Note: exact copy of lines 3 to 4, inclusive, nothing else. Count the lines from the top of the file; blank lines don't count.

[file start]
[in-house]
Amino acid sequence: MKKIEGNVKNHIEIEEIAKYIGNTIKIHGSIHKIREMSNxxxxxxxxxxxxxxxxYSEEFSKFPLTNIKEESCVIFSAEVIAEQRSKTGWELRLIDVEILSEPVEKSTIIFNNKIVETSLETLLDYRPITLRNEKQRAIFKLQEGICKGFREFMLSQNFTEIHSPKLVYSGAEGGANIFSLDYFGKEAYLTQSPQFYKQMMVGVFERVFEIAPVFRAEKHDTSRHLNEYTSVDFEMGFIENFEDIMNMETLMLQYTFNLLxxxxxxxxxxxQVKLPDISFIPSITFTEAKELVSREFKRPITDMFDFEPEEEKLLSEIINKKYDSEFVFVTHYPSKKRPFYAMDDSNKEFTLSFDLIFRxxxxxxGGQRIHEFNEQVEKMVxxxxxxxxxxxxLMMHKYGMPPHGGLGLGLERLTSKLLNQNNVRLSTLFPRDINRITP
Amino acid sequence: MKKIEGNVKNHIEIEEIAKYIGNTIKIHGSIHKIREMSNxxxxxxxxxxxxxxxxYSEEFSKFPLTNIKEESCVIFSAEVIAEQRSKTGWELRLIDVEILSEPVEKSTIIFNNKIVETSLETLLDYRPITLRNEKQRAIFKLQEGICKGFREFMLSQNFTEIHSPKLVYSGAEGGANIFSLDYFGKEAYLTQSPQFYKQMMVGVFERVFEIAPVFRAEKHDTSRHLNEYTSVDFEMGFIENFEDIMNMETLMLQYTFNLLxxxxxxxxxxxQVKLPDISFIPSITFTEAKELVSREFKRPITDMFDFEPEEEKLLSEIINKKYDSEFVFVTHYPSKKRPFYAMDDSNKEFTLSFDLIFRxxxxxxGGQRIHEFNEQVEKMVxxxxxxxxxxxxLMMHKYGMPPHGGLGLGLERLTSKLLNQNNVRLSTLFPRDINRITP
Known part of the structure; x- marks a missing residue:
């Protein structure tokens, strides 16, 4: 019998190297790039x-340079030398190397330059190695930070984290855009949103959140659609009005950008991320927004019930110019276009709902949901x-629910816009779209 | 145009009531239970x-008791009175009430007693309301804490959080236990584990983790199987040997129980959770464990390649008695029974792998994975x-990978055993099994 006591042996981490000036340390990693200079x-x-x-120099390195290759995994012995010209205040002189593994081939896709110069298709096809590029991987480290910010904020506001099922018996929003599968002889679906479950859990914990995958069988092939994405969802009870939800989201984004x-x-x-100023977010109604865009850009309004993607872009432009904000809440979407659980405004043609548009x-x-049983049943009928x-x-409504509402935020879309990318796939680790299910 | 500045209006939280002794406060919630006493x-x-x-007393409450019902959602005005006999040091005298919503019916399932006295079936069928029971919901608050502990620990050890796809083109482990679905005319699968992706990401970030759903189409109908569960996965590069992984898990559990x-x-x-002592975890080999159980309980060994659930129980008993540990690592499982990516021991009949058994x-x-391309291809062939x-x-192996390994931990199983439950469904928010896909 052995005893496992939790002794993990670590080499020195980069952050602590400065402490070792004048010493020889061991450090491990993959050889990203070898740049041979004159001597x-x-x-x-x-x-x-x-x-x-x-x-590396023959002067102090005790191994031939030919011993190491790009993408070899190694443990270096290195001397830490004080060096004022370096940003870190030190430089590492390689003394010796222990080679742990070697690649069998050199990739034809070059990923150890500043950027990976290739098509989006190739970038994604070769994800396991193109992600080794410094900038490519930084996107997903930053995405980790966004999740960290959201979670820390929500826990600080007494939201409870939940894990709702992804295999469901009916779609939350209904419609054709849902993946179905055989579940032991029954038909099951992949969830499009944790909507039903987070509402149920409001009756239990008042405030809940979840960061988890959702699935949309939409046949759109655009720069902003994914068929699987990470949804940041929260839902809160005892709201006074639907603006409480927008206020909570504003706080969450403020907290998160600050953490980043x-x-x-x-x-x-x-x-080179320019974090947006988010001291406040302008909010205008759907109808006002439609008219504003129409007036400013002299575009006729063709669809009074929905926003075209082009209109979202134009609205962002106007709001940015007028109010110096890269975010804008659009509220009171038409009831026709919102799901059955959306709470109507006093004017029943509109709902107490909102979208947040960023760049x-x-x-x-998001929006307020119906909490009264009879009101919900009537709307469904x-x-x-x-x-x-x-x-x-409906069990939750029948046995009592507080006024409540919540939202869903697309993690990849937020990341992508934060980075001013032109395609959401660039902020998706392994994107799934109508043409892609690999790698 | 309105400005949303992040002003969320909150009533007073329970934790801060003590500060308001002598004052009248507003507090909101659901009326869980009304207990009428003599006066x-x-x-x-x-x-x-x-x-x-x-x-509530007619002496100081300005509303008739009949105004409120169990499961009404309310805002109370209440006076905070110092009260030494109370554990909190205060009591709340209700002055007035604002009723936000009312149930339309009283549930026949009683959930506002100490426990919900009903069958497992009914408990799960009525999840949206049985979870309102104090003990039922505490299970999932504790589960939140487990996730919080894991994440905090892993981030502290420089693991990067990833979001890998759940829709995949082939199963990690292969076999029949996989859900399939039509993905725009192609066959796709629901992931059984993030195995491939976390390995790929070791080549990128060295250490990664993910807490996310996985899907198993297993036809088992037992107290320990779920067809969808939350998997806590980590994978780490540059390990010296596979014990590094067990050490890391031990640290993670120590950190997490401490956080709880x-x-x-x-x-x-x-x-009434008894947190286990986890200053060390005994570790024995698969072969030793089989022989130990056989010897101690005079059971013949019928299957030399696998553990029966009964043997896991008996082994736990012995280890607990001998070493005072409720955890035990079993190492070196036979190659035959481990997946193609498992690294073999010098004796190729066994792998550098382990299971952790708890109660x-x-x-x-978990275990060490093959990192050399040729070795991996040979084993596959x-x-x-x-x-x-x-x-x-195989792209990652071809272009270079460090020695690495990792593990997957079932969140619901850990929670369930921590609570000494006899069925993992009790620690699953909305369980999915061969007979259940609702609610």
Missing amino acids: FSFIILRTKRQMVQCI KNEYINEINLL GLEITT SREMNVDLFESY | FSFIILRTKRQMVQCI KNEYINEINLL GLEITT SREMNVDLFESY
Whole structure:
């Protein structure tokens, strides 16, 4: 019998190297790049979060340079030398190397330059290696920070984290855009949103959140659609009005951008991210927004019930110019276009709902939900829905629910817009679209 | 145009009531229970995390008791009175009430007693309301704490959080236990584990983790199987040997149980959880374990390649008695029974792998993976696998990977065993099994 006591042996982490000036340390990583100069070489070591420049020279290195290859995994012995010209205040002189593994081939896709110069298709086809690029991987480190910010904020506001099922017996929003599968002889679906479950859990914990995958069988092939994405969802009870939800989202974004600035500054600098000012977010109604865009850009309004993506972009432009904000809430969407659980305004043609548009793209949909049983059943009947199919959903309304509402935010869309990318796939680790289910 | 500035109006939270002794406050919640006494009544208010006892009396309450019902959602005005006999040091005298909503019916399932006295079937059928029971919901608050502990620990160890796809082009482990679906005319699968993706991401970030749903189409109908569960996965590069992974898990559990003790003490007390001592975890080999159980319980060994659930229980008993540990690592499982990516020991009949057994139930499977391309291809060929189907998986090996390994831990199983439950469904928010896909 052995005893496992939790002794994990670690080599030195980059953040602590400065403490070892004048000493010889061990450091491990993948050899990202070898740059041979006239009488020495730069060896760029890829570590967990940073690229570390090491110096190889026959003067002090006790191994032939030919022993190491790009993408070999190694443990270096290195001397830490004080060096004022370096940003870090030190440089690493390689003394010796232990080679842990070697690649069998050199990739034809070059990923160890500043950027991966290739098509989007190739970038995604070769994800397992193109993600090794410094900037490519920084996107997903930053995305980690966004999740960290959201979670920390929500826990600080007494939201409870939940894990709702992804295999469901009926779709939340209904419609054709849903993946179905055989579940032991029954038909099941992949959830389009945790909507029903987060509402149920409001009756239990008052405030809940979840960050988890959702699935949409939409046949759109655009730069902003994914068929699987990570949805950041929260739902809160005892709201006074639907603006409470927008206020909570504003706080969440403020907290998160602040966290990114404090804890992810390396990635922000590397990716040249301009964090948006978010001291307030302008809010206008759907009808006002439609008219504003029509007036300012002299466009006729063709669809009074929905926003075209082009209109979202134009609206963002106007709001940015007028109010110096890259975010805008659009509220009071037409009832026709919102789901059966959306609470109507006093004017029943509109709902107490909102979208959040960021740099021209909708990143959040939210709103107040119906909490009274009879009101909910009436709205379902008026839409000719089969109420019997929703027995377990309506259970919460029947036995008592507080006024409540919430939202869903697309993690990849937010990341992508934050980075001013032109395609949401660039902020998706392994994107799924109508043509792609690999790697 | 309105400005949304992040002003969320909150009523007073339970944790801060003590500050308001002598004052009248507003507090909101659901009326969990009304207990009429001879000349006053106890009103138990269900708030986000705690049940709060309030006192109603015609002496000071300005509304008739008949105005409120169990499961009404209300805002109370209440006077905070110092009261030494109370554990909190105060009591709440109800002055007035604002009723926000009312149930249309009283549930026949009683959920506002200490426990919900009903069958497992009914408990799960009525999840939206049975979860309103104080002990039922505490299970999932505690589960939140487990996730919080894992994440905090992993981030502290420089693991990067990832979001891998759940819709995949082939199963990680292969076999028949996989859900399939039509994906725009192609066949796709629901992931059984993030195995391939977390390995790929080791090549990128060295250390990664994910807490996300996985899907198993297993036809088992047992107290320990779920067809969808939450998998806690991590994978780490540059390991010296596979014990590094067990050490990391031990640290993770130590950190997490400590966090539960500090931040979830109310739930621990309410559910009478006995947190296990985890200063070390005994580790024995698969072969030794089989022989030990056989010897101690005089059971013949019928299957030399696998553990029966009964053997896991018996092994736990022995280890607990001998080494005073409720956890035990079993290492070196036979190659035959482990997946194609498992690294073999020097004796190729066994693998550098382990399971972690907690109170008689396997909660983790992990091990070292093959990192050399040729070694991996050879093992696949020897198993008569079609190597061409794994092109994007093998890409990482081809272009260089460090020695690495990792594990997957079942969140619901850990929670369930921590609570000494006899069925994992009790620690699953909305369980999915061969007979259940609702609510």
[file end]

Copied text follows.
Amino acid sequence: MKKIEGNVKNHIEIEEIAKYIGNTIKIHGSIHKIREMSNxxxxxxxxxxxxxxxxYSEEFSKFPLTNIKEESCVIFSAEVIAEQRSKTGWELRLIDVEILSEPVEKSTIIFNNKIVETSLETLLDYRPITLRNEKQRAIFKLQEGICKGFREFMLSQNFTEIHSPKLVYSGAEGGANIFSLDYFGKEAYLTQSPQFYKQMMVGVFERVFEIAPVFRAEKHDTSRHLNEYTSVDFEMGFIENFEDIMNMETLMLQYTFNLLxxxxxxxxxxxQVKLPDISFIPSITFTEAKELVSREFKRPITDMFDFEPEEEKLLSEIINKKYDSEFVFVTHYPSKKRPFYAMDDSNKEFTLSFDLIFRxxxxxxGGQRIHEFNEQVEKMVxxxxxxxxxxxxLMMHKYGMPPHGGLGLGLERLTSKLLNQNNVRLSTLFPRDINRITP
Known part of the structure; x- marks a missing residue: